Apple call it a Retina Display, everyone else calls it Hi-DPI, whatever you want to call it, pick up an iPhone, or the new iPad and you’ll see what we’re talking about. Truly breathtaking graphic quality with no distinguishable pixels. Android tablets and phones also sometimes feature these Hi-DPI screens, but that really depends on the price you pay for your device. Either way, Hi-DPI screens are here to stay and 2012 will be the year that we see them go mainstream.
Its fully anticipated, that the new MacBook Air due for release in the next few months will be the first Apple laptop to feature a Hi-DPI Retina Screen, but for those naysayers who thought it was going to be a mobile-only thing, or ‘just a Mac thing’, there is news for you.
Microsoft have announced that Windows 8 will fully support Hi-DPI screens this year, news which has probably sent the developer world in to somewhat chaos. Over the past few months I’ve spent many many hours upscaling designs from the iPhone 3G to iPhone 4, and more recently iPad 2 designs up to the new iPad resolution, so I am well aware just how much EXTRA work is involved.
For starters, unless you have a HUGE monitor, designing for the iPad’s 2048 x 1536 is extremely cumbersome. Even with Apple’s huge 27″ iMac, there are not enough pixels to view your iPad designs 1:1.
In the past I’ve used apps like X-Scope to mirror my Photoshop screen on my iPhone or iPad to allow me to (in realtime) view my design work on the device and make sure it’s a tight and useable design. However this app relies on you viewing the artwork on your Mac at 100% too, something which is not currently possibly for the new iPad.
With the advent of HiDPI desktop machines on the horizon, we are all in for a rough ride when it comes to making things look pretty online.
So where does that leave us designers? For now, not in a great place.
Much to the dislike of every digital producer around the world, design time is going to get LONGER for more than one reason. Firstly, unless your boss is willing to invest in a new HiDPI screen for you (which are likely to be very expensive) then you are going to be stuck designing on a ‘standard’ monitor, which is not big enough for HiDPI, so yes, its going to be like the good old days when you had to scroll around the screen to see your work, and we all know that if you can’t see the entire canvas at 1:1 size, things slow down and the overall design suffers. Fact.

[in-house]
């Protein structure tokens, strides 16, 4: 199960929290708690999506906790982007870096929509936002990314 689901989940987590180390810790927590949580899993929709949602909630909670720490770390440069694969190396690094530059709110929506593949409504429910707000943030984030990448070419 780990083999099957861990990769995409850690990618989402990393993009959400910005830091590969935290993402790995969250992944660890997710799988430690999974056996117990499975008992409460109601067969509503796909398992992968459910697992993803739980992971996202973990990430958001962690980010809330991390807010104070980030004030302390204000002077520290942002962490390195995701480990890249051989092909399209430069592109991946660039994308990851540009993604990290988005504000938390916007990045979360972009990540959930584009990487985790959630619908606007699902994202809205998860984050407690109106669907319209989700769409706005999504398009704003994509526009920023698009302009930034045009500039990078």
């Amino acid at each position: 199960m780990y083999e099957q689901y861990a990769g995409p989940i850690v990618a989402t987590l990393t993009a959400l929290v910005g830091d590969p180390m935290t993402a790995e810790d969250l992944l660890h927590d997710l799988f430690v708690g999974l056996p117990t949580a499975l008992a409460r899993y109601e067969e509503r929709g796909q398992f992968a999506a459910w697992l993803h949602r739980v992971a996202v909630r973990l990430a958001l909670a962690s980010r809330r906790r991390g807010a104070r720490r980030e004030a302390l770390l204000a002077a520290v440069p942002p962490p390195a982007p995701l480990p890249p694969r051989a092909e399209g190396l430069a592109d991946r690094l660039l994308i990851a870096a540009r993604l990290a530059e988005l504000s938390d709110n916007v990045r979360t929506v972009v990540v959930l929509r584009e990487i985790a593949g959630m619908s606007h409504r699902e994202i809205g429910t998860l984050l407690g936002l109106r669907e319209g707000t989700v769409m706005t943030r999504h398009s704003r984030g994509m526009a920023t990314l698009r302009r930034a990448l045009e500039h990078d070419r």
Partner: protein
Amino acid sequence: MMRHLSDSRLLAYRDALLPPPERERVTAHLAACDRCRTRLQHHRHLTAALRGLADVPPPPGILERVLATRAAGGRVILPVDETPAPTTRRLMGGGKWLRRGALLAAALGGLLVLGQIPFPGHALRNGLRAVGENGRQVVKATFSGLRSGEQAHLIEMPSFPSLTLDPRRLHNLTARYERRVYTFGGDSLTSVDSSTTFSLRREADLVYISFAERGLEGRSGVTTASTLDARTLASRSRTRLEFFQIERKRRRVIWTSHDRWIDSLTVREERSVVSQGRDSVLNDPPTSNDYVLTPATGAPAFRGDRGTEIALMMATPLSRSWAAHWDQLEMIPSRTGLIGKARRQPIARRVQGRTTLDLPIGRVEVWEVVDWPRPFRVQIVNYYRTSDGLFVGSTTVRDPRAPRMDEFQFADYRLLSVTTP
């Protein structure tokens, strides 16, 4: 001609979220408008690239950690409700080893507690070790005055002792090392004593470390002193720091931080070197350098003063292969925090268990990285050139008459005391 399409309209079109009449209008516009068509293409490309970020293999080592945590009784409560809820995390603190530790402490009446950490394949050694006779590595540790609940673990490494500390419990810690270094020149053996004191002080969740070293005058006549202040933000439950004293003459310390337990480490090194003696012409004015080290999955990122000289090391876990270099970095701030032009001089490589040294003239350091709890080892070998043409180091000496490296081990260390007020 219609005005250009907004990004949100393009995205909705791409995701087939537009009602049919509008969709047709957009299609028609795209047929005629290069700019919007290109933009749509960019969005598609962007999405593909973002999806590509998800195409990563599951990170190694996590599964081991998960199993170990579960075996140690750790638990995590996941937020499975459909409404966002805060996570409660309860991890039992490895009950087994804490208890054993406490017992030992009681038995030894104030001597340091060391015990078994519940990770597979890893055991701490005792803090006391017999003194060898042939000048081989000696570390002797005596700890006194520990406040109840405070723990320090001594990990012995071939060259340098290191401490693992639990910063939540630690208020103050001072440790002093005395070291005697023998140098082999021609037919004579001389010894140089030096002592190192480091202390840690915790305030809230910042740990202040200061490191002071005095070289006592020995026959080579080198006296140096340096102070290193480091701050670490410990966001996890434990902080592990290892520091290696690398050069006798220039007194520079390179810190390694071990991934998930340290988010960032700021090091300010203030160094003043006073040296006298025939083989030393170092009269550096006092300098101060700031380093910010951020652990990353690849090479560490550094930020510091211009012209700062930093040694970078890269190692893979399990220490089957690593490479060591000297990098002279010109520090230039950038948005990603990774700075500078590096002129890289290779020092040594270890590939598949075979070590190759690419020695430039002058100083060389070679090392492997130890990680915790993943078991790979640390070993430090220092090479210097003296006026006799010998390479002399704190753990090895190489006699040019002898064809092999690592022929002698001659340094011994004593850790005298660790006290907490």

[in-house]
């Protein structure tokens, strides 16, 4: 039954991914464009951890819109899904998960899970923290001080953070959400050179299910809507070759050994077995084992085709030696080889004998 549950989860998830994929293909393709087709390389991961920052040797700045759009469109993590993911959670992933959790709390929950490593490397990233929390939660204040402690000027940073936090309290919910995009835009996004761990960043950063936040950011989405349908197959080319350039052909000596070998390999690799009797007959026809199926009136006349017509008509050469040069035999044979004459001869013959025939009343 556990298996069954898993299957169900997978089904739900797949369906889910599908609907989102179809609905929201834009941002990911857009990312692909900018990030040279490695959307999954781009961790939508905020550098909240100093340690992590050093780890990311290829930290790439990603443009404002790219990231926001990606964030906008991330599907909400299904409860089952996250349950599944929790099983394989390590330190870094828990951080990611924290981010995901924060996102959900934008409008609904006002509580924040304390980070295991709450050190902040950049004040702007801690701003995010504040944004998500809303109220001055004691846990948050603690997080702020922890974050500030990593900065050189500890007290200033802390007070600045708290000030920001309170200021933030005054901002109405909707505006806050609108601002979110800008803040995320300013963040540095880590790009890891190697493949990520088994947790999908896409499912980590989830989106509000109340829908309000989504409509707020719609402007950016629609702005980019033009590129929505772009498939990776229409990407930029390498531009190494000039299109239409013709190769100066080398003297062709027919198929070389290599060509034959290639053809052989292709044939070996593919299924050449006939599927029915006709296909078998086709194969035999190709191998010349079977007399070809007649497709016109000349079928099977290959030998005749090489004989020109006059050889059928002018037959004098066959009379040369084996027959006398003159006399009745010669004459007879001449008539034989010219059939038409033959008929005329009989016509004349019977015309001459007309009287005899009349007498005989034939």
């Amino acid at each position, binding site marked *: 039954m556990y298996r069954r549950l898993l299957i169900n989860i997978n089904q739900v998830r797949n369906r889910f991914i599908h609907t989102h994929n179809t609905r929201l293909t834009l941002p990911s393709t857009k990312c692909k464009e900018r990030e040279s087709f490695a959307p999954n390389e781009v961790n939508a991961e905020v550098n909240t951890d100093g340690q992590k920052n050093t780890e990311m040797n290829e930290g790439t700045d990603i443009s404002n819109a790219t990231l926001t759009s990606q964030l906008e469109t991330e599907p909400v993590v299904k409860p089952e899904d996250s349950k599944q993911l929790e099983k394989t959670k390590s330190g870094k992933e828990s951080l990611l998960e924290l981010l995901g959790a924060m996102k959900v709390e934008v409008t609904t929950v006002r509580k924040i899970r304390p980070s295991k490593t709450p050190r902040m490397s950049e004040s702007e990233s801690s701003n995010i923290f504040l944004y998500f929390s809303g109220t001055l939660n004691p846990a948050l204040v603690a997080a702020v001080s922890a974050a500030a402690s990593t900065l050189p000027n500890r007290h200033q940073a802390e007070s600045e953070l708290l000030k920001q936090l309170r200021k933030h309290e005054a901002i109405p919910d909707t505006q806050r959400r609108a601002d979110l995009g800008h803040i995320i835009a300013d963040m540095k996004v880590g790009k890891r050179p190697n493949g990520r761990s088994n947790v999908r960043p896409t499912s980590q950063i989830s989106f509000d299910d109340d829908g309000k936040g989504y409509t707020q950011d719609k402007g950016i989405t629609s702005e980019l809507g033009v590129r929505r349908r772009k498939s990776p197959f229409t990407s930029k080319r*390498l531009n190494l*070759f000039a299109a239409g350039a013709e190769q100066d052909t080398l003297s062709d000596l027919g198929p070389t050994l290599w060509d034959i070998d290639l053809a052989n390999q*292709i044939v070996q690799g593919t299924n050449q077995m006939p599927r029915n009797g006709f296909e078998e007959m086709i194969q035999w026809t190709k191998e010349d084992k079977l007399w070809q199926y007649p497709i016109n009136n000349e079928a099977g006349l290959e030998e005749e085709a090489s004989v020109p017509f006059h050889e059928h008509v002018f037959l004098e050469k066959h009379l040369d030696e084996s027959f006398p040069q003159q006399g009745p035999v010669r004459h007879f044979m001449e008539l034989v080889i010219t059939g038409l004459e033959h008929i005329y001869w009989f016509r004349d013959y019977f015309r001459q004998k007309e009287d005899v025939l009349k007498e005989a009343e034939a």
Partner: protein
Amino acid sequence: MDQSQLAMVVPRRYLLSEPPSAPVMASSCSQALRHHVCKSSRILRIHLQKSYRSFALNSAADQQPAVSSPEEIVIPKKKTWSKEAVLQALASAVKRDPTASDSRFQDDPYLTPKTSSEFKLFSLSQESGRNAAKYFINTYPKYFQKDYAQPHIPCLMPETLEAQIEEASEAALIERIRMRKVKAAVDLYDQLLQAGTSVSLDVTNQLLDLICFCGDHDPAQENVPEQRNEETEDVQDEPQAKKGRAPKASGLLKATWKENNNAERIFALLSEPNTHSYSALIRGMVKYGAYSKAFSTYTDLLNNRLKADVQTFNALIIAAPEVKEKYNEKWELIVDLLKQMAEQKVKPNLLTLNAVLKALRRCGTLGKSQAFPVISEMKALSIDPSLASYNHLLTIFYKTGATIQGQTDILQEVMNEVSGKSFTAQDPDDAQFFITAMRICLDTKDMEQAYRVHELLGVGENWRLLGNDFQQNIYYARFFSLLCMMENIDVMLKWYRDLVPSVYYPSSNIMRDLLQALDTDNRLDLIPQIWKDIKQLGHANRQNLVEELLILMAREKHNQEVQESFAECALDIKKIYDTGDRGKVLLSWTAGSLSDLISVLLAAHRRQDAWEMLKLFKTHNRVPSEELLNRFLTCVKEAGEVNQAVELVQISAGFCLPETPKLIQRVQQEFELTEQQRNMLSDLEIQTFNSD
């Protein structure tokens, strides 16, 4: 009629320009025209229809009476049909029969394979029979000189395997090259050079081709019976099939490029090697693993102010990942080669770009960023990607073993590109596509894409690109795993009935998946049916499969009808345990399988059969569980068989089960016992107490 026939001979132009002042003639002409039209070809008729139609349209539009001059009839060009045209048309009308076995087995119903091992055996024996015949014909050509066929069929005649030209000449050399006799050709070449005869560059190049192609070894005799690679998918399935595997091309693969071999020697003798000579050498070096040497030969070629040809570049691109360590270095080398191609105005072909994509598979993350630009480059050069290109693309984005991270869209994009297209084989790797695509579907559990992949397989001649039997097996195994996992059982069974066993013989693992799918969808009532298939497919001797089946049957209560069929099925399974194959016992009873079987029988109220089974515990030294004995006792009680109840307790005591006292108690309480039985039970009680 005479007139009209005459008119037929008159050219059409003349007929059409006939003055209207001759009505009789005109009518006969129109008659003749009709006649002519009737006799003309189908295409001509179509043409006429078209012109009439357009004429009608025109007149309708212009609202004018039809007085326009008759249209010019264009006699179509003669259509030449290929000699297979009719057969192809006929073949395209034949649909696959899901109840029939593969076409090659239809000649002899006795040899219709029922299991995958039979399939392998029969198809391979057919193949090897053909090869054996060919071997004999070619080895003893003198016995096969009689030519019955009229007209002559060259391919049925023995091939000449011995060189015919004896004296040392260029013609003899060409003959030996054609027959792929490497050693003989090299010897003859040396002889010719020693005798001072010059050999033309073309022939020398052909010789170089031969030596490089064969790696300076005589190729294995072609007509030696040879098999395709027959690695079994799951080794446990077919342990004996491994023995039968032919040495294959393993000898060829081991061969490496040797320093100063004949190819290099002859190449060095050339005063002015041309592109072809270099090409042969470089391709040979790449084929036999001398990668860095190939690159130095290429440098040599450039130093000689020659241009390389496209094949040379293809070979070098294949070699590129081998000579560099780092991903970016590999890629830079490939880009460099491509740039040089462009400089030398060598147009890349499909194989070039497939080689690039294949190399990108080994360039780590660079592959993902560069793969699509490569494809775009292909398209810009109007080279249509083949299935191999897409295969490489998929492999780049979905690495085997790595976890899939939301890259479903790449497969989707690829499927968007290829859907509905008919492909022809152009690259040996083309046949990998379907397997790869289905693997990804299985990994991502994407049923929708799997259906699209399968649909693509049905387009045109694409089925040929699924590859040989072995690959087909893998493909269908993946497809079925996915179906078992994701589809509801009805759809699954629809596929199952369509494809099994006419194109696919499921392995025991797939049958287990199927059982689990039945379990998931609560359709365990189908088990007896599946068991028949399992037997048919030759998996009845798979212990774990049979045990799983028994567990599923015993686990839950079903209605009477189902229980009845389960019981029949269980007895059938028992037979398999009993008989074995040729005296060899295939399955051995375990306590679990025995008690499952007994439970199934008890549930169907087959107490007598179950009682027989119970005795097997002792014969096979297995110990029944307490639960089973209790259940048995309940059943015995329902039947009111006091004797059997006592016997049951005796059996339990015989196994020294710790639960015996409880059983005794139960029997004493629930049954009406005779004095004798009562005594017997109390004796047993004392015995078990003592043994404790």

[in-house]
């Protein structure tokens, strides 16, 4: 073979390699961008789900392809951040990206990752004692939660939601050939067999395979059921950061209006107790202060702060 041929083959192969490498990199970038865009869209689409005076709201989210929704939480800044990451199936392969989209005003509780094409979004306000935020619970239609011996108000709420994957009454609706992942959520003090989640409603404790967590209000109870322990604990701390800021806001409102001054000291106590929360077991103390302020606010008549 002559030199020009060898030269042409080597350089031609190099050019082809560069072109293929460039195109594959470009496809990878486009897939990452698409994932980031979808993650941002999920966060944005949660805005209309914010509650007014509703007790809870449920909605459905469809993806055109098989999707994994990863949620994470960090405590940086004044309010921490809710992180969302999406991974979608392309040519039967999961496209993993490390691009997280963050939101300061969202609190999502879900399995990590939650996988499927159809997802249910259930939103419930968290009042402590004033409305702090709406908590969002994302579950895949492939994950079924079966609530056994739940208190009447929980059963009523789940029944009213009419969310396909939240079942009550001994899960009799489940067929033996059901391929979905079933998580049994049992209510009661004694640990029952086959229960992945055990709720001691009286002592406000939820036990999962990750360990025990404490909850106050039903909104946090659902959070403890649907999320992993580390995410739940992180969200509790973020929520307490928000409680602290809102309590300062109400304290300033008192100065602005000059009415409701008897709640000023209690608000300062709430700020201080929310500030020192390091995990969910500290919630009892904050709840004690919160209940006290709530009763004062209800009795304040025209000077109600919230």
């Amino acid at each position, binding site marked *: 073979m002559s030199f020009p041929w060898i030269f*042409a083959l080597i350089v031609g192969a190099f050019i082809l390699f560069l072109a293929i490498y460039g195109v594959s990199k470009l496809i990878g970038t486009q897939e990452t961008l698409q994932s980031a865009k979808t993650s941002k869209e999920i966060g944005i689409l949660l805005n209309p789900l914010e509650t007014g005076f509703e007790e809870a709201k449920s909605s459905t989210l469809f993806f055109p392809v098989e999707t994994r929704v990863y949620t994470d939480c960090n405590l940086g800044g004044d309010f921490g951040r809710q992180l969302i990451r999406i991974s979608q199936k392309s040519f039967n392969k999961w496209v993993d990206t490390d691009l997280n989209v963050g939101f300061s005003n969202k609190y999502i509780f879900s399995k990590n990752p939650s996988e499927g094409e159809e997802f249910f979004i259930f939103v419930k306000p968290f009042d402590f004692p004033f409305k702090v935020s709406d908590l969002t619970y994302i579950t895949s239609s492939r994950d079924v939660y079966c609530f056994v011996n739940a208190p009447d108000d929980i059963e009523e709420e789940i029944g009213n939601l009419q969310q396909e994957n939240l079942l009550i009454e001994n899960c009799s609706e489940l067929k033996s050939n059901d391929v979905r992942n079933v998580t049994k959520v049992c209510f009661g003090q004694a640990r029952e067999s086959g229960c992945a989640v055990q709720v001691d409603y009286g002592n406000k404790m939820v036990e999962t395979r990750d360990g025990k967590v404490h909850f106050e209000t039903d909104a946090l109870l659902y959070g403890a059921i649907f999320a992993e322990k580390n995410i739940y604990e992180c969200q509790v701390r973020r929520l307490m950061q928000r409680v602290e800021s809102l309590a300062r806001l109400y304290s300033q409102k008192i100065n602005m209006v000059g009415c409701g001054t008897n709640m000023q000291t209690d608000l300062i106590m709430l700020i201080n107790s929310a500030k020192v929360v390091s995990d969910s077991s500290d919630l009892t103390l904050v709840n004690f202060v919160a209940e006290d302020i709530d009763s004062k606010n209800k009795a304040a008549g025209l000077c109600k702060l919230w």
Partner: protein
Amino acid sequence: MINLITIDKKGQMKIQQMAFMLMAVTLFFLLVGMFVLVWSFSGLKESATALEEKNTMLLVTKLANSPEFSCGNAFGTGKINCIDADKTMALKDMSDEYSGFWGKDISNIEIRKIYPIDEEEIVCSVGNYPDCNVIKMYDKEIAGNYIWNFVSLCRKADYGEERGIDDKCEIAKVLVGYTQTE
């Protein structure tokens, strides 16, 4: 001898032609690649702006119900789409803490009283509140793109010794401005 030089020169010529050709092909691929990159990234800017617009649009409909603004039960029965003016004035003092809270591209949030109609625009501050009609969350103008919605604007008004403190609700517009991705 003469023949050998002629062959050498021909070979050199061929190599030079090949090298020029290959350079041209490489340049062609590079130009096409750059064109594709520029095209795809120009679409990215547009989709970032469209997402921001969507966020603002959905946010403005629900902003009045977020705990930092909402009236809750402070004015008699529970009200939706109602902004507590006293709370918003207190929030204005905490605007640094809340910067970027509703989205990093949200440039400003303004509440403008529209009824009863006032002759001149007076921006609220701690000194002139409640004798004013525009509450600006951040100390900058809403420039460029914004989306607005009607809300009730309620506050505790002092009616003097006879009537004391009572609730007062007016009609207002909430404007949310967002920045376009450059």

Secondly, now instead of saving just one image, coders will have to save down two files, code the two variations in resolution in to the HTML and also upload two different files to the servers.
The most important fact of all is clarity. When you have a screen that is so clear it’s like the printed page, trust me when I say you’re clients will notice EVERY imperfection or mistake in the HTML. Coding errors that you may get away with today, will stand out like a sore thumb next year, HiDPI screens bring a whole new meaning to the words ‘pixel perfect’. To prevent this, both designers and coders are going to need to spend more time making sure everything is crystal clear and spot on design wise. ’1 pixel out’ today, will be ’2 pixels out’ on HiDPI, and that is noticeable!
Quality of images
If you refuse to design websites with HiDPI screens in mind you will be left with all your images (yes ALL your images, icons etc) appearing at what is effectively half resolution, or in layman’s terms… BLURRY. There are already forums after forums discussing this issue already so we won’t talk about it here, but needless to say, the only website that looks half decent on a HiDPI screen at the moment is Apple’s own site, which is now 4x as heavy by the way so expect your mobile data plan to be used up much faster on your iPad/iPhone.
Do you regularly buy shots from iStockphoto or the like? Well you’d better buy more credits, because you’ll need to be buying images at a much higher resolution so that they look great on new HiDPI screens.
New HiDPI screens won’t be cheap, although it is expected that Apple won’t raise the price of their current range of models. Historically they never have raised the price of their products, they just make them better, so here’s to hoping they do the same with the new Mac’s. Other brands, well, they may well slap a premium on the price of the new screens just because they can. We’ll have to wait and see.
Well, as a designer, I’ve been dreading this day since the iPhone 4 came out. I knew that was the tip of the iceberg, and consumers would demand retina display quality throughout all their devices. As predicted, we are now in a moment in technology where lack of immediate adoption will result in us having to do twice as much work to cater for high end and low end users.
Whilst inevitable, and exciting. It’s also very annoying.
Read more about Microsoft’s take on this on their blog